Occupy protesters clash with police in New York City
NEW YORK — Nearly a thousand protesters took to the streets of Lower Manhattan on Thursday, clashing with the police and tossing aside metal barricades to converge again on Zuccotti Park after failing in an attempt to shut down the New York Stock Exchange.
Organized weeks ago, the so-called day of action came two days after the police cleared the Occupy Wall Street encampment from Zuccotti Park in an early-morning raid. Removed from the park that had become their de facto headquarters, protesters looked to Thursday to gauge the support and mettle that the movement still retained.
By Thursday afternoon, about 175 people had been arrested, many after rough confrontations with the police.
After staging protests near the stock exchange, protesters returned to Zuccotti Park, which had been surrounded by police barricades, with one or two entrances monitored by police officers, as well as by private security officers working for Brookfield Properties, the park’s owner.
But protesters tossed aside the barricades and rushed in as officers tried to keep them out, with some officers shoving demonstrators and throwing punches.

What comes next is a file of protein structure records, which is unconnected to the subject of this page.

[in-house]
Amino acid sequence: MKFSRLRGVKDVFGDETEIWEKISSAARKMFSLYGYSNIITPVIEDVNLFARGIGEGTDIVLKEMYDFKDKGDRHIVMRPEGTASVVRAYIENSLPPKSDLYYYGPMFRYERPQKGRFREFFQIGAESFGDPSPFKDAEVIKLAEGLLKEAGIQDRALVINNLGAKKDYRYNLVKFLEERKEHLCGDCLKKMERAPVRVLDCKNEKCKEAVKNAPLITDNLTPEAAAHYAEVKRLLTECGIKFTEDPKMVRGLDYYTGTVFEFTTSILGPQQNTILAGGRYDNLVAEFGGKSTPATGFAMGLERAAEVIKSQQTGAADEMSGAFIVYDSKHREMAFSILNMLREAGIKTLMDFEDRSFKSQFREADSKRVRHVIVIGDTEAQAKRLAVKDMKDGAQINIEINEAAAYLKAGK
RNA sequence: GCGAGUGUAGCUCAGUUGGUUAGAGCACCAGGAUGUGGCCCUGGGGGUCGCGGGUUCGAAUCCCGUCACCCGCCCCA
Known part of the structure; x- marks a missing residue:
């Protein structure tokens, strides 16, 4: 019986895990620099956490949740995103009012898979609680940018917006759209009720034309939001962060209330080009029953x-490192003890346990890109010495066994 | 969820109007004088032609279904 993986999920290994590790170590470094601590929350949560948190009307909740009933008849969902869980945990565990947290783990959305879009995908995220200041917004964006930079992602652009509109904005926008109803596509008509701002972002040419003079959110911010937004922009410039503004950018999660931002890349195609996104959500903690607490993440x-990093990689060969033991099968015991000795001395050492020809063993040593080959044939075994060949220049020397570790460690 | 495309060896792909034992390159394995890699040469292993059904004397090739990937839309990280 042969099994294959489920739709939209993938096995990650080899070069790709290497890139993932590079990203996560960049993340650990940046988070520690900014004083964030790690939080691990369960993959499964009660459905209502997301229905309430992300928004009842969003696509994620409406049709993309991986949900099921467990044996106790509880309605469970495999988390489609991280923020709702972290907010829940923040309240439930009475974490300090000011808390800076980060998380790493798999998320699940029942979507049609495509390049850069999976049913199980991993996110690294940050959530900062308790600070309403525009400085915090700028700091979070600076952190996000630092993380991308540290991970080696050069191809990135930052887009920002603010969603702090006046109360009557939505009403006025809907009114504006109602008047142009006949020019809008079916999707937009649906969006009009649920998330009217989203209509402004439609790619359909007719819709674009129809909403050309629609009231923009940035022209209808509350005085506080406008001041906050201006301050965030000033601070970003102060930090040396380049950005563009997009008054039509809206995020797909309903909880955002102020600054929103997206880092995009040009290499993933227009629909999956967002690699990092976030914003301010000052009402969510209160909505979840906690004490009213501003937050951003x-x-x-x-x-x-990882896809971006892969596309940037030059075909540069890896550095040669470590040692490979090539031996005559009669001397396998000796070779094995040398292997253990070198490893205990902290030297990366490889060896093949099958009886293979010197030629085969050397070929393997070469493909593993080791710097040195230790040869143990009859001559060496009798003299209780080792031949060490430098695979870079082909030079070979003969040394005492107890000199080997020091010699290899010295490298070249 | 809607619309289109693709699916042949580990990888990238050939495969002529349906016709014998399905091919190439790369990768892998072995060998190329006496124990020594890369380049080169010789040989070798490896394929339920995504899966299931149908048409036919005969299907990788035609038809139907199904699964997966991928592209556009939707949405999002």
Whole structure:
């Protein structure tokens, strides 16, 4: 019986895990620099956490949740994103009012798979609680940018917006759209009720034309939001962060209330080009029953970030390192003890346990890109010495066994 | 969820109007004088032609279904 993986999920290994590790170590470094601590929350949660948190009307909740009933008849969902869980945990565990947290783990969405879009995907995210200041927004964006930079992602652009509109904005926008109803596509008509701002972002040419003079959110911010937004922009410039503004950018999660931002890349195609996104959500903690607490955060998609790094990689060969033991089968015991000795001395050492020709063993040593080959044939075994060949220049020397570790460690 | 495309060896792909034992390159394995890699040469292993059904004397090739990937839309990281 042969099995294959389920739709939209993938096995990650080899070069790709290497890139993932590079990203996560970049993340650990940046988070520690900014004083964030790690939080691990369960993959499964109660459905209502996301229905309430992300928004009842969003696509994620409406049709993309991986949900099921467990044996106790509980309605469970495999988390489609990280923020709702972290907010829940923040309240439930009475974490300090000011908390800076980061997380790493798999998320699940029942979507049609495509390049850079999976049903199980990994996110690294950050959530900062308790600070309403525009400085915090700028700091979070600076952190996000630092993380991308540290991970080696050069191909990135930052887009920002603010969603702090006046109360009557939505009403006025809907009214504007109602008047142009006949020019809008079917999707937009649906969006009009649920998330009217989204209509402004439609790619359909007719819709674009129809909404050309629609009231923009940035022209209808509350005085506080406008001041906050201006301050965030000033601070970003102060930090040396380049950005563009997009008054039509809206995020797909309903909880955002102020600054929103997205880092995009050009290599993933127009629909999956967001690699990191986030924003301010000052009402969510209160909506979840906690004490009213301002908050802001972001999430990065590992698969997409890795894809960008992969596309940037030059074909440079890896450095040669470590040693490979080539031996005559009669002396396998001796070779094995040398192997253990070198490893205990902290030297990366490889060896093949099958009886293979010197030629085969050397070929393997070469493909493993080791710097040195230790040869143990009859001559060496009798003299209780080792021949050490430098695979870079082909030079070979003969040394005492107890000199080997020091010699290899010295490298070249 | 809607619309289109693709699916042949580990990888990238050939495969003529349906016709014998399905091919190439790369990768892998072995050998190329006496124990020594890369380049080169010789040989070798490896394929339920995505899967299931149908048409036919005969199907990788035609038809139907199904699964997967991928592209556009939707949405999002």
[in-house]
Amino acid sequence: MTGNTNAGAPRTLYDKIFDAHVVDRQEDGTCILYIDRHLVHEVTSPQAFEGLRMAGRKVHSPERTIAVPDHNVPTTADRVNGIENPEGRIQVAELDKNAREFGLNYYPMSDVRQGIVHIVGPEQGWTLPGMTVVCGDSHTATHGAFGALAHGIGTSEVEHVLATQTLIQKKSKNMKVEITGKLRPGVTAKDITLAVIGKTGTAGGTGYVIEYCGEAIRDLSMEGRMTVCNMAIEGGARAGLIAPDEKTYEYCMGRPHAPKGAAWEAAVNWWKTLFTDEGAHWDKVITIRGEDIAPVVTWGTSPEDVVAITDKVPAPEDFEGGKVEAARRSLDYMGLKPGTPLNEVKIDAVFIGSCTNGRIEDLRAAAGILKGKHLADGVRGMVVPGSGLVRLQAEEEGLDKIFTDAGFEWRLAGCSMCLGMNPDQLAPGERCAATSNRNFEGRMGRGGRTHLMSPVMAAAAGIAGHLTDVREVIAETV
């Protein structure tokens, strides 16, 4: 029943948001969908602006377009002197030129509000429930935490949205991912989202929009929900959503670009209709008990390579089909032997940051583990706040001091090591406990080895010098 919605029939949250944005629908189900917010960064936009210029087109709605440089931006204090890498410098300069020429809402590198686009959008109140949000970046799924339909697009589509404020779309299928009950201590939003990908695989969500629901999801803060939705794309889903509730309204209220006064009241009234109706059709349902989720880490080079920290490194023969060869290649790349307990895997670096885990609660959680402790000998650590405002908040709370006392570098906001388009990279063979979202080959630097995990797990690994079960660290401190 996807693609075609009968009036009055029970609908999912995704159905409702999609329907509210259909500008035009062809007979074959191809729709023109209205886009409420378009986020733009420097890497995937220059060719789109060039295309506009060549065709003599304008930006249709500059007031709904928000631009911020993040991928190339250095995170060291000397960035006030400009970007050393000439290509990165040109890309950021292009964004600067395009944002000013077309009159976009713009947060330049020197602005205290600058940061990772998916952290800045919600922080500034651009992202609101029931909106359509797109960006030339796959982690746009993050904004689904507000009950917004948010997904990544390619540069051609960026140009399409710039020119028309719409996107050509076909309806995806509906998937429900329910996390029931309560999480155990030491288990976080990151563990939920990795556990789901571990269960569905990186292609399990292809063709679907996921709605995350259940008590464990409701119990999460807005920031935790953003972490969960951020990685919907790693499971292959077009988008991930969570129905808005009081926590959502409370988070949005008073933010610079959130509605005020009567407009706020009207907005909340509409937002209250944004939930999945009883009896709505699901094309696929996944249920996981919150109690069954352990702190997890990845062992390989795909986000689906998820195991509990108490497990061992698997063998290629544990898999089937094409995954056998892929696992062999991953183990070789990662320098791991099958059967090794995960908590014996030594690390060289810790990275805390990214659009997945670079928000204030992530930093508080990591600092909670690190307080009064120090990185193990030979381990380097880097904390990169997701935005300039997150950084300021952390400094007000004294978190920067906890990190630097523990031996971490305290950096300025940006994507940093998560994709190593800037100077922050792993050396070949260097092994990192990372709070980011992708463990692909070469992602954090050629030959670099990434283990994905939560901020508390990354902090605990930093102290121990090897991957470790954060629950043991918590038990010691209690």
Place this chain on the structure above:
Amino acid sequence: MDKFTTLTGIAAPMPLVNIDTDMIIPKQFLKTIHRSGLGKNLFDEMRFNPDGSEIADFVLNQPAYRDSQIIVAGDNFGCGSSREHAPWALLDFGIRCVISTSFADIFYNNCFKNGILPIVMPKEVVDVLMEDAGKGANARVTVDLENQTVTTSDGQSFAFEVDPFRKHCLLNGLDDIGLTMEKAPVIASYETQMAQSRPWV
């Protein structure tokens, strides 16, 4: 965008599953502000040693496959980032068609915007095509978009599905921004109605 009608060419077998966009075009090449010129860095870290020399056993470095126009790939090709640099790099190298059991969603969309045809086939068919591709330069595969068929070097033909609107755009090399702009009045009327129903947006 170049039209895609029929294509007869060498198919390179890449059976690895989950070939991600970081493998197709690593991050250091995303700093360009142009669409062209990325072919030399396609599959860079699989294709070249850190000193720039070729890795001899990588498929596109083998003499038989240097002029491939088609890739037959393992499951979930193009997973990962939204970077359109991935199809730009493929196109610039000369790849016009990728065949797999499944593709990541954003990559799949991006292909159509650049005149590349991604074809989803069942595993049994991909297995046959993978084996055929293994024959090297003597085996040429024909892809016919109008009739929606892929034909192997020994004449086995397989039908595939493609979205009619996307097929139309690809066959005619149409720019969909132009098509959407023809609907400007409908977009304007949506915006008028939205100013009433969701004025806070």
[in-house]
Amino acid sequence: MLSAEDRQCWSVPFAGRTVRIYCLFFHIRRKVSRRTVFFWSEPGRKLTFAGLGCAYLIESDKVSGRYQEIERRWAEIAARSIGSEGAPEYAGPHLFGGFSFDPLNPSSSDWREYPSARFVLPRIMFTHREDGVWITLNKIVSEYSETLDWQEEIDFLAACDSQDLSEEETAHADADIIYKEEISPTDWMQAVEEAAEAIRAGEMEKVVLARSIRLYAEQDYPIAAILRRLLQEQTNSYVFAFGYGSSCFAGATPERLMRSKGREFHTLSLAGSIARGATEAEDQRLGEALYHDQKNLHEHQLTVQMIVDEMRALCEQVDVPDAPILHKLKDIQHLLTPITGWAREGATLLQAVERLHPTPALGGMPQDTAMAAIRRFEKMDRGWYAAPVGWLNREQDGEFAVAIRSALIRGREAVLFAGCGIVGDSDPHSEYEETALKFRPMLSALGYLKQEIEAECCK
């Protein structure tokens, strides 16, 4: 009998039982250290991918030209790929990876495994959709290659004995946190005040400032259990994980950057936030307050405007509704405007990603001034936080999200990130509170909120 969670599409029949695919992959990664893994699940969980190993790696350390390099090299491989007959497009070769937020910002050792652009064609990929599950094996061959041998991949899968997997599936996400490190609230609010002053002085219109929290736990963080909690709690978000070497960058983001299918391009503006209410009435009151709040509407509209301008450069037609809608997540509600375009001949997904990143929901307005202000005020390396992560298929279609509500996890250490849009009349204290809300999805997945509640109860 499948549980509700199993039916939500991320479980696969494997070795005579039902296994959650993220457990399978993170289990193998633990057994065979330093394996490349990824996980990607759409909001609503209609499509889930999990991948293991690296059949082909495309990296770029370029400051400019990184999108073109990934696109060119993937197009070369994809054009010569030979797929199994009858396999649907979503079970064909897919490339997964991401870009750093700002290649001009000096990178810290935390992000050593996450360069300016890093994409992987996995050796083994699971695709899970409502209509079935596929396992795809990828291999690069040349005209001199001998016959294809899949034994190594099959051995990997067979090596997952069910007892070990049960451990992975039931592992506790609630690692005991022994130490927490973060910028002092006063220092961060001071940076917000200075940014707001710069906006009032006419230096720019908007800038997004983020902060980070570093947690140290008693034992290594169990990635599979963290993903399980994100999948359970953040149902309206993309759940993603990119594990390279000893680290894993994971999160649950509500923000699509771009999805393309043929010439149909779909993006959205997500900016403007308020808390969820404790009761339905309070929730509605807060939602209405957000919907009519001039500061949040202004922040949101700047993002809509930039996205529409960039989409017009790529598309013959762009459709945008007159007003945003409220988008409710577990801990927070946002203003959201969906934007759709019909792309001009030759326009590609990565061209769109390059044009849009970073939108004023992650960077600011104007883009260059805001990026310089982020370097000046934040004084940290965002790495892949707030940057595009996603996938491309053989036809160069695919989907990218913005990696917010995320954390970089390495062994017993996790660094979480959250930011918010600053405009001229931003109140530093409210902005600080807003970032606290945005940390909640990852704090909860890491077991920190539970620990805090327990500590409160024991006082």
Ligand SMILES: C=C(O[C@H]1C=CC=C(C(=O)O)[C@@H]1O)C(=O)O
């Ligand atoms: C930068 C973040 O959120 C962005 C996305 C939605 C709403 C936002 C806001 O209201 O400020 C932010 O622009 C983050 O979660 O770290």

On Thursday afternoon, the police led a man with a bloodied face from the park. Onlookers said the man had flicked the hat off a police officer’s head and rushed into the crowd. He was later apprehended by the police, and, according to a witness, Jo Robin, 29, from New Orleans, he was beaten.
The police said the hand of an officer was badly cut by a shard of glass wielded by a protester near Zuccotti Park.
Four other officers were being evaluated at a hospital for possible injuries after an acidic liquid of some sort was thrown at them.
Protesters began gathering at 7 a.m. on lower Broadway across from Zuccotti Park. By 7:30, the crowd had swelled to hundreds, and protesters walked south on Broadway toward Wall Street, only to be quickly met by metal barricades and thick cordons of police.
Over the next three hours, the protesters wound their way through the heart of the financial district, breaking off into groups, and were repeatedly met by the police.
Though some traders appeared to have a hard time getting to work, the stock exchange opened for trading as usual at 9:30 a.m.
Protesters planned to demonstrate later Thursday at subway stations throughout the city and march across Lower Manhattan bridges.